Transparency Intl: Corruption in Russia Getting Worse

Anti-bribery advertisement. Source: Mr7.ruCorruption in Russia has risen notably over the past year, according to a report released on Tuesday by the global civic organization Transparency International.

In the organization’s 2010 Corruption Perceptions Index, Russia’s transparency rating fell from last year’s 2.2 to 2.1, on a scale of 0.0 (“highly corrupt”) to 10.0 (“very clean”). Additionally, it’s country ranking fell from 146 out of 180 countries to 154 out of 178 countries, landing between Papua New Guinea and Tajikistan.

Within Eastern Europe and Central Asia, Russia was ranked 16 out of 20, with the only countries more corrupt listed as Tajikistan, Kyrgyzstan, Turkmenistan, and Uzbekistan.

The organization estimates that the market for corruption in Russia is worth $300 billion a year.

While authors of the report did not comment on individual countries, they advised overall that “governments need to integrate anti-corruption measures in all spheres, from their responses to the financial crisis and climate change to commitments by the international community to eradicate poverty” in order to combat corruption.

Political commentator Anton Orekh responded to the report by saying that Russia would continue to fall in the ratings “until honest people become the most powerful ones in the country.”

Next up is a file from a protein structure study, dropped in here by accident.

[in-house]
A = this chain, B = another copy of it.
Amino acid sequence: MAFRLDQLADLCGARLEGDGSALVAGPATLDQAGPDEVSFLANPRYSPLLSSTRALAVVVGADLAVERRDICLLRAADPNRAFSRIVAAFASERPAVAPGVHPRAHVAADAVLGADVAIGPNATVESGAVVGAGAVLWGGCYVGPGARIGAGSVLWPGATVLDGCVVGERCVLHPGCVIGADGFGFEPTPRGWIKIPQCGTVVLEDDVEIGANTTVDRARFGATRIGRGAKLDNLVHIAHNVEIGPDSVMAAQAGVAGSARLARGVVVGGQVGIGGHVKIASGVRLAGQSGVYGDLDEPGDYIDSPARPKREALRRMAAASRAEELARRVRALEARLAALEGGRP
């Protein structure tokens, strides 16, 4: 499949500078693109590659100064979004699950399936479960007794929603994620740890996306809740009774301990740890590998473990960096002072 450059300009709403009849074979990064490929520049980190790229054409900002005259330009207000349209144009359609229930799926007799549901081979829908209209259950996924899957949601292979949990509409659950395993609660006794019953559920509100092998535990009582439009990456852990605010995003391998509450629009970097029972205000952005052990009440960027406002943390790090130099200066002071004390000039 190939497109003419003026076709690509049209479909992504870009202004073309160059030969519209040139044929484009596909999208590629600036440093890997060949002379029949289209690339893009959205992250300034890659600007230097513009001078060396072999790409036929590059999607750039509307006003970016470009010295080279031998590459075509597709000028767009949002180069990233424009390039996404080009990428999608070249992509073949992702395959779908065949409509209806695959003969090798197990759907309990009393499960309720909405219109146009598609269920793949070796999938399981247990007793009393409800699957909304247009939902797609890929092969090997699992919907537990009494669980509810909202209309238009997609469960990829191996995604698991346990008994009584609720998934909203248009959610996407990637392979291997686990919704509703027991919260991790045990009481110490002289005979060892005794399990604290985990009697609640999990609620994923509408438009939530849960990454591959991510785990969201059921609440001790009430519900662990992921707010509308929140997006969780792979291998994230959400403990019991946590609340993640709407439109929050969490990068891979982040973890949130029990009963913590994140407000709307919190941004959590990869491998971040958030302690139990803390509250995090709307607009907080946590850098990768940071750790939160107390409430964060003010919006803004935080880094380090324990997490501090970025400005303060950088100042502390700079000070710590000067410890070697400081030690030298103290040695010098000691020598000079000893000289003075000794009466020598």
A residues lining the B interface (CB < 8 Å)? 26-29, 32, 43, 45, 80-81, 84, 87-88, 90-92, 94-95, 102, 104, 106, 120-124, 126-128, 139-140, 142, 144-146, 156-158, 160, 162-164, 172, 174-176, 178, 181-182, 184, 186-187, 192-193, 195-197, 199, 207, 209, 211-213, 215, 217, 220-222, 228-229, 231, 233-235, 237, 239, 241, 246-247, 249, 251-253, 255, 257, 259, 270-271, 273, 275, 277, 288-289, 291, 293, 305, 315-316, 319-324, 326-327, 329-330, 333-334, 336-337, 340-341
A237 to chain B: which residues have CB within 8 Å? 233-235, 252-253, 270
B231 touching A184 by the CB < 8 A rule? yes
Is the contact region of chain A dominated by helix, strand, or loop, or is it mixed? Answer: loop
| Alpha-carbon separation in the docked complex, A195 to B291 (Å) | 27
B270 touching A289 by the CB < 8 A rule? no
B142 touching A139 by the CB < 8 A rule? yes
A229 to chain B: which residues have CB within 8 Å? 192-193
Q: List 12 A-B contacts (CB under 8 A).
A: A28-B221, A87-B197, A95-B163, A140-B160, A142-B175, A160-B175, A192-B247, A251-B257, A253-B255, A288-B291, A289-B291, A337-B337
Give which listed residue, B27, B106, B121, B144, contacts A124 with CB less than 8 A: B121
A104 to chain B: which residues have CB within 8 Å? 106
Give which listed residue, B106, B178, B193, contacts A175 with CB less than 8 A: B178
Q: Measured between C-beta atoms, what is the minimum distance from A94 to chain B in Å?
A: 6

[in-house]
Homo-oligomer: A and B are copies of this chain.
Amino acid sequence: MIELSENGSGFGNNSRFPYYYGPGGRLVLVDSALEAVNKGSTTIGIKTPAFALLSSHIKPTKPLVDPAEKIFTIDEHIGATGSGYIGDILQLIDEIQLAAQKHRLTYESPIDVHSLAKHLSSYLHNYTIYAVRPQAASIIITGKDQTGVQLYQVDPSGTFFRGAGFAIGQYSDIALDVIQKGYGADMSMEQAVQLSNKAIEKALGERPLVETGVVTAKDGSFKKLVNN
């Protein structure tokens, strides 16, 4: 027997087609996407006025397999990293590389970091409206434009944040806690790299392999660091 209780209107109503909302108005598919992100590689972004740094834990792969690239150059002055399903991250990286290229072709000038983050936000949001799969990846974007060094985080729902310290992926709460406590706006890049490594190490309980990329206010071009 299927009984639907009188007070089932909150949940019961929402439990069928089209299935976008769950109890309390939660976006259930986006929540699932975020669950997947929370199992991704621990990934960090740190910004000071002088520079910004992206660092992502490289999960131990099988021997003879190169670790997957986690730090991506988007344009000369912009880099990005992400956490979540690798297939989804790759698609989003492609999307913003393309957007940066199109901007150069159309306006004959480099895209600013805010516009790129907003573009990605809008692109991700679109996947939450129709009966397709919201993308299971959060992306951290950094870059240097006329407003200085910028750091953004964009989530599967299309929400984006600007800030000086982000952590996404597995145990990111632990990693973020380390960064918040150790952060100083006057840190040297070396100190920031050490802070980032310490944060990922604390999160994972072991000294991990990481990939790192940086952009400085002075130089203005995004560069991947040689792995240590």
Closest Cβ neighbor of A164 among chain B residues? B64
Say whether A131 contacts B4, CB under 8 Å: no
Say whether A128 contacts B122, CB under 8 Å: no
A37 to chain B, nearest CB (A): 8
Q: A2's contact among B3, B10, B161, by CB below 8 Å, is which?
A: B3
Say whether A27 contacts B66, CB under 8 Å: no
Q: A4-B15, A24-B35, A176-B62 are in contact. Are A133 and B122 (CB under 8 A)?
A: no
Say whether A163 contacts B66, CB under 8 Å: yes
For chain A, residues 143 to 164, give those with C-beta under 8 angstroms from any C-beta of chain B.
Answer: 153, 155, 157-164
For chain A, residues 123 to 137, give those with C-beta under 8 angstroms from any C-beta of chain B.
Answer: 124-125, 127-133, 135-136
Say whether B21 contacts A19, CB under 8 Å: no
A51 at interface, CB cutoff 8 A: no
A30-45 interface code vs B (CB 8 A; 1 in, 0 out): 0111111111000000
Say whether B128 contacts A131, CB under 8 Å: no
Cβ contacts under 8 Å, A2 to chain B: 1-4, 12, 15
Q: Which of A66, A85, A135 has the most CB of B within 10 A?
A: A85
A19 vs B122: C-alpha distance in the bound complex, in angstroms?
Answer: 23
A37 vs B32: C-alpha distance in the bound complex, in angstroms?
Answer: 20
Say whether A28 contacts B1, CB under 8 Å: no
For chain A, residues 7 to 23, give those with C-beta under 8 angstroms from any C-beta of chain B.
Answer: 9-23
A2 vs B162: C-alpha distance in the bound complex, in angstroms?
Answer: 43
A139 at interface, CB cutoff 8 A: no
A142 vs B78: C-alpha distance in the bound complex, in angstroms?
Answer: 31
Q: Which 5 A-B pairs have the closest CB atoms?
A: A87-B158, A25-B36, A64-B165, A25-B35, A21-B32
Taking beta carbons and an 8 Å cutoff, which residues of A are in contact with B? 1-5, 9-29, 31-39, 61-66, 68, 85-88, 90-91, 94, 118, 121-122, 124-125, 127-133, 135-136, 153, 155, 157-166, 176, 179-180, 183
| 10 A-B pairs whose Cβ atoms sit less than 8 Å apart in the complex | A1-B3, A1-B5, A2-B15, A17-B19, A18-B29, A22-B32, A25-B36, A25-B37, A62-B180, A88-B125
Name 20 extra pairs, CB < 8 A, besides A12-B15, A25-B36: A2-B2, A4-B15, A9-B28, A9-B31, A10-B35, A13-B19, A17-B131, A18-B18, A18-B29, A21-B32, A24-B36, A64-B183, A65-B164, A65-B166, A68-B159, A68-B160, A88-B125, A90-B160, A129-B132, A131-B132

“To say it plainly, take away the bureaucrats’ unlimited authorities, leave them with only the most necessary functions, and you will defeat corruption,” said Orekh. “Because corruption is the way of life for parasites, and our bureaucrats have become precisely parasites.”

The countries ranked in the report as the most transparent were Denmark, New Zealand, and Singapore, while Somalia, Myanmar, and Afghanistan were seen as the most corrupt. The United States came in at 22nd place, and China at 78th.

Transparency International noted that since “corruption – whether frequency or amount – is to a great extent a hidden activity that is difficult to measure,” the level of the perception of corruption in any given country was chosen as a telling alternative. “Over time, perceptions have proved to be a reliable estimate of corruption,” says the organization.